Runaway Twin

Runaway Twin by Peg Kehret

Book: Runaway Twin by Peg Kehret Read Free Book Online
Authors: Peg Kehret
have removed the money before they brought it here. No one would ever have known. But they didn’t take my money. They brought the backpack here and left it with the contents intact, hoping the owner would find it. And I did.
    I took Snickers’s leash out of my backpack and snapped it on his collar. Then I removed the belt and took it back to the woman in the food van.
    â€œThanks for the loan,” I told her.
    She smiled. “Anytime.”
    The backpack gave me fresh hope and determination. Nothing could stop me now. I had survived a tornado!

13
    T he next morning, as Snickers and I ate scrambled eggs and toast, with orange juice for me and dog biscuits for him, I saw Zooman and Hunker waiting in line for food. I wondered what they would do if they saw me. Probably they’d complain that Snickers was a vicious dog who had tried to attack them.
    I turned my back to them and positioned myself between them and Snickers so they wouldn’t notice him. He’s definitely a one-of-a-kind dog; if they saw him, they’d recognize him.
    A white van with green lettering on the side pulled in to the parking area, and a man with a large video camera got out. I heard him introduce himself as the reporter for a TV station. “We’re doing a feature story on heroes of the tornado,” he said.
    Remembering what Jake had told me about the media wanting to find the girl who had helped Randy, I decided it was time to move on. Keeping my face turned away from Zooman and Hunker, I led Snickers inside and went back to our cot.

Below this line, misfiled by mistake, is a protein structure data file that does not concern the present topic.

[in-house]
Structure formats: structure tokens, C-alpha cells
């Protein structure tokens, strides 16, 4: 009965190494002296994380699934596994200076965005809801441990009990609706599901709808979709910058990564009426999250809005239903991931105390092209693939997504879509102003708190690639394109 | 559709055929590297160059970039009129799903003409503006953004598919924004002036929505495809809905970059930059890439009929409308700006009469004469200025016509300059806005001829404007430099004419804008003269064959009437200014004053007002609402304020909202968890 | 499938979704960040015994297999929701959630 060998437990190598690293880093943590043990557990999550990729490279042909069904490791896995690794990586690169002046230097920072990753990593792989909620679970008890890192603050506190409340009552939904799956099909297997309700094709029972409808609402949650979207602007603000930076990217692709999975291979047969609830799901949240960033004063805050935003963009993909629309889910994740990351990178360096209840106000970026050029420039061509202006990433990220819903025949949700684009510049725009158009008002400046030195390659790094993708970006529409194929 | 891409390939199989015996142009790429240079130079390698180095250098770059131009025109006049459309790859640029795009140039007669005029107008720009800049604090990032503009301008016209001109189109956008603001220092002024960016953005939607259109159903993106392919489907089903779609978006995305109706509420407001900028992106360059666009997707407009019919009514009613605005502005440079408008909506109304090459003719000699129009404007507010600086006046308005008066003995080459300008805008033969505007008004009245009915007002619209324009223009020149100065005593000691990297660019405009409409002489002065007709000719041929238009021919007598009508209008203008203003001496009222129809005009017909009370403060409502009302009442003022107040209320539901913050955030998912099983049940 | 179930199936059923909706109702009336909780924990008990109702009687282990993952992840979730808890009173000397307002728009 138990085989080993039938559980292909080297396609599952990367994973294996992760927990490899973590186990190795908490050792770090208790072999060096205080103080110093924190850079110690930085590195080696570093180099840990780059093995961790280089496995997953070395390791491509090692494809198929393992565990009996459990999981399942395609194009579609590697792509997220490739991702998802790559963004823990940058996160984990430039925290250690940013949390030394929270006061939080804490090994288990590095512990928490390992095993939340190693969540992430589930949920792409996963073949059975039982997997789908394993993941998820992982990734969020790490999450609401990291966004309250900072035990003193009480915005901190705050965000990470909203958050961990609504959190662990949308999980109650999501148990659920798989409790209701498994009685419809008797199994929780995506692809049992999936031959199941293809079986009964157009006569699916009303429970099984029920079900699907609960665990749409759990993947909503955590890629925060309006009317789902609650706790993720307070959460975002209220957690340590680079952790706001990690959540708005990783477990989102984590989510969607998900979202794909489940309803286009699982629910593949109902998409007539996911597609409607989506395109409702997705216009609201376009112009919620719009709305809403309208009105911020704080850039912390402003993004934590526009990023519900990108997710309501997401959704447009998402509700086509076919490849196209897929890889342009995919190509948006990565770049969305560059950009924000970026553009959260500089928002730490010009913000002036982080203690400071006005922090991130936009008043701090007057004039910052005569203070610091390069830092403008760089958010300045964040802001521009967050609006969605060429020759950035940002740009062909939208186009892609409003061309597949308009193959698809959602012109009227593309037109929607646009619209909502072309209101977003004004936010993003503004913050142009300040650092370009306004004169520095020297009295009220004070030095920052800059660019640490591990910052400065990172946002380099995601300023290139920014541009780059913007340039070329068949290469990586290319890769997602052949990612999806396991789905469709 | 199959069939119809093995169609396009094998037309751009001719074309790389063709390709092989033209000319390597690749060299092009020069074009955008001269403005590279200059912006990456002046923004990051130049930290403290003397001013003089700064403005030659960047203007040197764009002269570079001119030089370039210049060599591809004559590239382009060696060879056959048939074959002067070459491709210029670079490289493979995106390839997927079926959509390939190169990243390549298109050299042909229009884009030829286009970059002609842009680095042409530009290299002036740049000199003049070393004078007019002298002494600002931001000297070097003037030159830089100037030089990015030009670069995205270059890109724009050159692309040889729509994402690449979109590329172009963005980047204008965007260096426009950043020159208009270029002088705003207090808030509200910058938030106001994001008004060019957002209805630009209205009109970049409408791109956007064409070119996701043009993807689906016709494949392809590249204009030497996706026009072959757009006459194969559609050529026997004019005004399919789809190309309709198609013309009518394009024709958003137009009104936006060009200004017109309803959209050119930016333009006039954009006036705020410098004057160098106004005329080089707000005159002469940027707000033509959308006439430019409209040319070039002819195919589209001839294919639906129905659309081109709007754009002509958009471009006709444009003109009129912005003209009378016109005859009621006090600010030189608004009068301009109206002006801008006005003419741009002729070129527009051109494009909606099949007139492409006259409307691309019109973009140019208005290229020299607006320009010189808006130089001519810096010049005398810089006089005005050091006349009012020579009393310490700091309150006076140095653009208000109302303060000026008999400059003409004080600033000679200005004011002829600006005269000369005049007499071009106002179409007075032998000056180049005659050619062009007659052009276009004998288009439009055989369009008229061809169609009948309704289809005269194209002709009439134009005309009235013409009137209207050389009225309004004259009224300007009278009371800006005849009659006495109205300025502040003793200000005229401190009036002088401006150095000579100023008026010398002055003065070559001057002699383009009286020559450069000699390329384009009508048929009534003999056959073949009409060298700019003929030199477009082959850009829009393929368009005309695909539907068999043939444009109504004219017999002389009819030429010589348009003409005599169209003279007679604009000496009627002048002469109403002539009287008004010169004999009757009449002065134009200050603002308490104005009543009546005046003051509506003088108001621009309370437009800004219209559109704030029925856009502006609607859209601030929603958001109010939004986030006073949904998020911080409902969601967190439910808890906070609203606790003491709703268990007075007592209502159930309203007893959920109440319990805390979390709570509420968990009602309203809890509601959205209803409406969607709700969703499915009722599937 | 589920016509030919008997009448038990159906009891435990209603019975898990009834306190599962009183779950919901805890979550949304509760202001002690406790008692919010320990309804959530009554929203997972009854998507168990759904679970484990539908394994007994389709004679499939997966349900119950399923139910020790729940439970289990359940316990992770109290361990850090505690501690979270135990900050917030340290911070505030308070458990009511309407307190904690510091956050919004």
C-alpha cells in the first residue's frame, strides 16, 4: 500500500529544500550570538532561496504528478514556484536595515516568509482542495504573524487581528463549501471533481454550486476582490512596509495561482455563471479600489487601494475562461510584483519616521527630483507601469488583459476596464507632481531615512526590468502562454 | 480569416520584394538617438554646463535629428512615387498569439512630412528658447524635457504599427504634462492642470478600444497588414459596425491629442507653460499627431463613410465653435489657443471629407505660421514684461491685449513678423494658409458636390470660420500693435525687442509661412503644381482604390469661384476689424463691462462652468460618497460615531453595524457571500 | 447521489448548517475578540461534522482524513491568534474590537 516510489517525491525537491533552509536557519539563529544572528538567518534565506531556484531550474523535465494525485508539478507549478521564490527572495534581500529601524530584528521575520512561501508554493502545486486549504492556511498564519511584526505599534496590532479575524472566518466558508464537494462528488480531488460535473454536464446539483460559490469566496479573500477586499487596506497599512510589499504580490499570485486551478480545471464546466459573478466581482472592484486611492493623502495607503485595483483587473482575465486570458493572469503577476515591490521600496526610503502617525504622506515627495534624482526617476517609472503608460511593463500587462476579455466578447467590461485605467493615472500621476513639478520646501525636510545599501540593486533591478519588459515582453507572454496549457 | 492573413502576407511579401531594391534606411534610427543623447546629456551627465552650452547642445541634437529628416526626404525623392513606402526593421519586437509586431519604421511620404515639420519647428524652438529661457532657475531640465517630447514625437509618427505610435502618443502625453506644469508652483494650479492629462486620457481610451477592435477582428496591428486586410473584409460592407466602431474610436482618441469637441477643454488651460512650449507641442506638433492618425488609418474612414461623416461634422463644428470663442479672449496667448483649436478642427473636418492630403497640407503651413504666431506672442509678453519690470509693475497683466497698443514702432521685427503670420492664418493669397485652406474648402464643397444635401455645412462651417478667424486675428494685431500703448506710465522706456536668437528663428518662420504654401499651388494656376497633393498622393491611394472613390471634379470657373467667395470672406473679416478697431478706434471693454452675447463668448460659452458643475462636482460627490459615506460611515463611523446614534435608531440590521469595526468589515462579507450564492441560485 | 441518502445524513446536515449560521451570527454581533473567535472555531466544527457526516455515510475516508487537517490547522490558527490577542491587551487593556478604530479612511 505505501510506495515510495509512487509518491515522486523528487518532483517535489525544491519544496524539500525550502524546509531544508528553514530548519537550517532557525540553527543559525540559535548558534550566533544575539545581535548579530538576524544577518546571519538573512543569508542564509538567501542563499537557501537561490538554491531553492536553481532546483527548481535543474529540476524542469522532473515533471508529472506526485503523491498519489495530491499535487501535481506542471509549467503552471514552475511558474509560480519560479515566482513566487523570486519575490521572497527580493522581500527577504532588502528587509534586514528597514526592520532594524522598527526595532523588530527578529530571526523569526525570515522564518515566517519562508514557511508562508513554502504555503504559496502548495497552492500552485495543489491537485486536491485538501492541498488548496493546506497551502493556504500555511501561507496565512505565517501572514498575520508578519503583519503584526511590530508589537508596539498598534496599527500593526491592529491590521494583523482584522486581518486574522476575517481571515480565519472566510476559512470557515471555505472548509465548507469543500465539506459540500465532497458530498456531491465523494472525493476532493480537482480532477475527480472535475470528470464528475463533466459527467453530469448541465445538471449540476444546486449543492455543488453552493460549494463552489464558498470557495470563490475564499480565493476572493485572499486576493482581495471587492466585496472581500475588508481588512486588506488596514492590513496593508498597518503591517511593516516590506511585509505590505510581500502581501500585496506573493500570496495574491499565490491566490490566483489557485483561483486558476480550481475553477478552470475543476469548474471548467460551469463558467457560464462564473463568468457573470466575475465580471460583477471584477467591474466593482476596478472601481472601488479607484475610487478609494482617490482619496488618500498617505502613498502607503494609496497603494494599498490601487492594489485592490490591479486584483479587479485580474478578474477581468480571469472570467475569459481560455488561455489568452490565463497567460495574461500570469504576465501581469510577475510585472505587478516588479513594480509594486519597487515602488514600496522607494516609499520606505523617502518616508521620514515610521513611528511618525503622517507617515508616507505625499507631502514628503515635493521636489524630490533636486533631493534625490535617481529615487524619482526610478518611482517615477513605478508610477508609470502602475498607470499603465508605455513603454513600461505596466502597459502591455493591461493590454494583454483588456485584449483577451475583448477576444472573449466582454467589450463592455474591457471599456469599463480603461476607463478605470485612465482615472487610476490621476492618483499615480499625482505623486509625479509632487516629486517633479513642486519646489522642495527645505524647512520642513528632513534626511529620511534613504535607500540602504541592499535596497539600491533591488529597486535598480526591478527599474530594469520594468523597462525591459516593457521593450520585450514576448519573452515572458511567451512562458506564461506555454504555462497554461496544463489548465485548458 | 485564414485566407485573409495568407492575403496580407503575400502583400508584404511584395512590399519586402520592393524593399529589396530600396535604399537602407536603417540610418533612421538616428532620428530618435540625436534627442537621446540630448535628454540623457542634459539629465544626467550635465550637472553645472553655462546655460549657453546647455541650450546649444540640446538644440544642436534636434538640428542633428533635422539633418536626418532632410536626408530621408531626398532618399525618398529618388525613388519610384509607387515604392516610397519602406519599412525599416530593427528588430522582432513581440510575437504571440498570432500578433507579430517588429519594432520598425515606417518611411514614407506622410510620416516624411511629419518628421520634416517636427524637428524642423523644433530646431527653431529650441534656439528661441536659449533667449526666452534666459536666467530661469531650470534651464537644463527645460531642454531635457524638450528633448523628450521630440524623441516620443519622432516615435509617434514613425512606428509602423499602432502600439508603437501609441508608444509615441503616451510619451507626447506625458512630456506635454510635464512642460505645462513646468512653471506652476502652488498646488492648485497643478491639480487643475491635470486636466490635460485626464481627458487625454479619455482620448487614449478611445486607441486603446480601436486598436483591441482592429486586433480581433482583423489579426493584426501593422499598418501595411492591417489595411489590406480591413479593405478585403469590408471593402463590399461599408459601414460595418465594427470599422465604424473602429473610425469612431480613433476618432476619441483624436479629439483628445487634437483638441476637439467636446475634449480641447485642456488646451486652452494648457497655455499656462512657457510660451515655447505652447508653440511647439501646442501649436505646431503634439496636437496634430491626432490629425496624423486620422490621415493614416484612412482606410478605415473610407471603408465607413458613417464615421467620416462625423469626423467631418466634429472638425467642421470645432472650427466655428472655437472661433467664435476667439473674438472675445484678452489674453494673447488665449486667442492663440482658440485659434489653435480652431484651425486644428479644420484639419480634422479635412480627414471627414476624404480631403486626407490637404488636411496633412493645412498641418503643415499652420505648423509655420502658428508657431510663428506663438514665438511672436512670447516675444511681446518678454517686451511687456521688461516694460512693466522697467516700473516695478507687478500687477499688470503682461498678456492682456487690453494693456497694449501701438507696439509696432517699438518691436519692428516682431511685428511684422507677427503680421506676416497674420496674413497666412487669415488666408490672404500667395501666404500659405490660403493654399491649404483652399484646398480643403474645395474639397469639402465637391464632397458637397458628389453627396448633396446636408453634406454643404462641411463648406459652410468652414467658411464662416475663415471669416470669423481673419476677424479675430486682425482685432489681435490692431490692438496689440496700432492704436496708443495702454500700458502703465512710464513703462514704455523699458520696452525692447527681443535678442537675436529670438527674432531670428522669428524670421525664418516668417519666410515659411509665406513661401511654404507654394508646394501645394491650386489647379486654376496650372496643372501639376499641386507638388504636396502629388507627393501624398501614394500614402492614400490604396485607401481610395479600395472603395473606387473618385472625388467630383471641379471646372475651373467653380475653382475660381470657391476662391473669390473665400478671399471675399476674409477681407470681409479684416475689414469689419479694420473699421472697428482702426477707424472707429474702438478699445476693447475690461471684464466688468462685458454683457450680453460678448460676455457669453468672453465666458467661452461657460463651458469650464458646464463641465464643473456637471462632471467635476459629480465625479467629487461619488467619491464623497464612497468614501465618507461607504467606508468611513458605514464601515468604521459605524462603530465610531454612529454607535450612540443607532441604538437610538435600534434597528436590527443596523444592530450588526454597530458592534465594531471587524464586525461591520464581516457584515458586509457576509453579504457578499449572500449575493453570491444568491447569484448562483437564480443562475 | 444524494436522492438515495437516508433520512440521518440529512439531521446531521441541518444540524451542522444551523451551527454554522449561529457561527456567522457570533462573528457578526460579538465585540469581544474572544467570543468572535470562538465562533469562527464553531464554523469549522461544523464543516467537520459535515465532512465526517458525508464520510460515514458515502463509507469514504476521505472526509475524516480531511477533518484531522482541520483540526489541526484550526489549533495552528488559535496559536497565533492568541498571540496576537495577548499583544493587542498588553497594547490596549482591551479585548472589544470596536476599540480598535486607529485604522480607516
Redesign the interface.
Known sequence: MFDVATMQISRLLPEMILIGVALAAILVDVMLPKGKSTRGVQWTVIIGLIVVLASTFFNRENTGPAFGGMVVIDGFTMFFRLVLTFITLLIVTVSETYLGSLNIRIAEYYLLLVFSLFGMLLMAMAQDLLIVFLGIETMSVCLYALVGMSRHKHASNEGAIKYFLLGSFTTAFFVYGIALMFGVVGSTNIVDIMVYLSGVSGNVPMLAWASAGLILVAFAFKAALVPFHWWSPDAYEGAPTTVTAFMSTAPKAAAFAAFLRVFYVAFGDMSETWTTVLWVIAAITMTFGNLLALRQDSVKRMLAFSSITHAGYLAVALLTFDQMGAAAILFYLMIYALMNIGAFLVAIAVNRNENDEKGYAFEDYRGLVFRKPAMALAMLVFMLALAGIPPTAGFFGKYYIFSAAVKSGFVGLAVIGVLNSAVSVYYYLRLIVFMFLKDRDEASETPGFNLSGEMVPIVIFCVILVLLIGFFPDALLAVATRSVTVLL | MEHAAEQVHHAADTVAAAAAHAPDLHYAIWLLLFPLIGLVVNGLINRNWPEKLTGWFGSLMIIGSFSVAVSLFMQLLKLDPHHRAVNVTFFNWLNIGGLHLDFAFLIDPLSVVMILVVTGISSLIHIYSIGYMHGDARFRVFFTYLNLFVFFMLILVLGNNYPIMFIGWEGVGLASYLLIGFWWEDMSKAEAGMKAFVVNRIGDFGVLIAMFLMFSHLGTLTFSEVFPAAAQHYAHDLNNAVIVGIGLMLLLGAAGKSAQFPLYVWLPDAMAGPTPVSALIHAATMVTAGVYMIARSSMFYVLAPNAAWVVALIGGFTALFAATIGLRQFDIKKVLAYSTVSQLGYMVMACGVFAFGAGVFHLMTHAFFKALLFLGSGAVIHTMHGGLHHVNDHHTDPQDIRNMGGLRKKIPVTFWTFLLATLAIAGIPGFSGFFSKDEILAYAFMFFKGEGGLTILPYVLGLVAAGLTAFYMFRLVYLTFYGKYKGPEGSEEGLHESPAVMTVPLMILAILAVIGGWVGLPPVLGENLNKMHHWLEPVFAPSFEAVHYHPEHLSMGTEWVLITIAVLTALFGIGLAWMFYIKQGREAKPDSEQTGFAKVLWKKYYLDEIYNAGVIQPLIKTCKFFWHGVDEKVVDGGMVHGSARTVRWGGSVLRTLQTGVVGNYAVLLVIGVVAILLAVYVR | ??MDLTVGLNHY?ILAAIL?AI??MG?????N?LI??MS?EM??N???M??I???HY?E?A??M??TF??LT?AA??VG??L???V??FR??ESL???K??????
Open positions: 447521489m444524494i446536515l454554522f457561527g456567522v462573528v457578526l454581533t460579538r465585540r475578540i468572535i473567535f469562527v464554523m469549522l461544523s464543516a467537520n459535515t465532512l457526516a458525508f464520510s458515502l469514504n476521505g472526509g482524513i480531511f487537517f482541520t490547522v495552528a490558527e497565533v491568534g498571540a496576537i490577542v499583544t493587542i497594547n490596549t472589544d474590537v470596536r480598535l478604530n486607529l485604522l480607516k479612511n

Many of the people who had slept at the shelter had already gone. Some had been picked up by friends or relatives; others had left on foot or had hitched a ride with a volunteer. Everyone was eager to return to their homes to survey the damage.
    Although the food was tasty, and the cot comfortable enough, I knew I needed to leave before any questions were asked about where I lived, and before Zooman and Hunker caused trouble.
    I folded my blanket and put my pillow on top of it. We had all been instructed to sign out when we left permanently so that anyone searching for us would know we weren’t coming back to the shelter. I didn’t need to do that. No one would come here looking for Kaitlyn Smith, or for Sunny Skyland.
    I waited until the woman at the entry table was engaged in a conversation with someone else, then I added my blanket and pillow to a stack that was already started, and walked out the door. Zooman and Hunker were at the food station, receiving their breakfasts. I quickly went around to the back of the building, passed a chugging generator, and headed into town.
    Snickers seemed to have recovered from his blow to the head. The lump was barely noticeable. Although he still walked as if his joints needed oiling, he apparently felt okay. I decided it wouldn’t be necessary to find a veterinarian, after all. What I needed to find was transportation to Washington State.
    An hour later I saw restaurants, motels, and other businesses ahead. As I neared the edge of town, lights suddenly came on in all the buildings.
    While I waited at a traffic light, a taxi idled in the street beside me, giving me a new idea.
    I waved for the cab to pull over. The driver, a man about Rita’s age, looked as if he should do more walking and less driving. His cheeks were chubby and his ample stomach barely fit behind the steering wheel. His face had laugh lines, and he smiled as he said, “Where to, Miss?”
    â€œHow much would you charge to drive me to Washington?” I asked.
    The smile turned to a scowl. “Don’t play games, kid,” he said as he looked over his left shoulder, preparing to pull away.
    â€œWait!” I cried. “I’m serious!”
    Looking skeptical, he stayed at the curb. “Where do you want to go?” he asked.
    â€œEnumclaw, Washington.”
    â€œWashington State?”
    â€œYes.” I fished my map out of my

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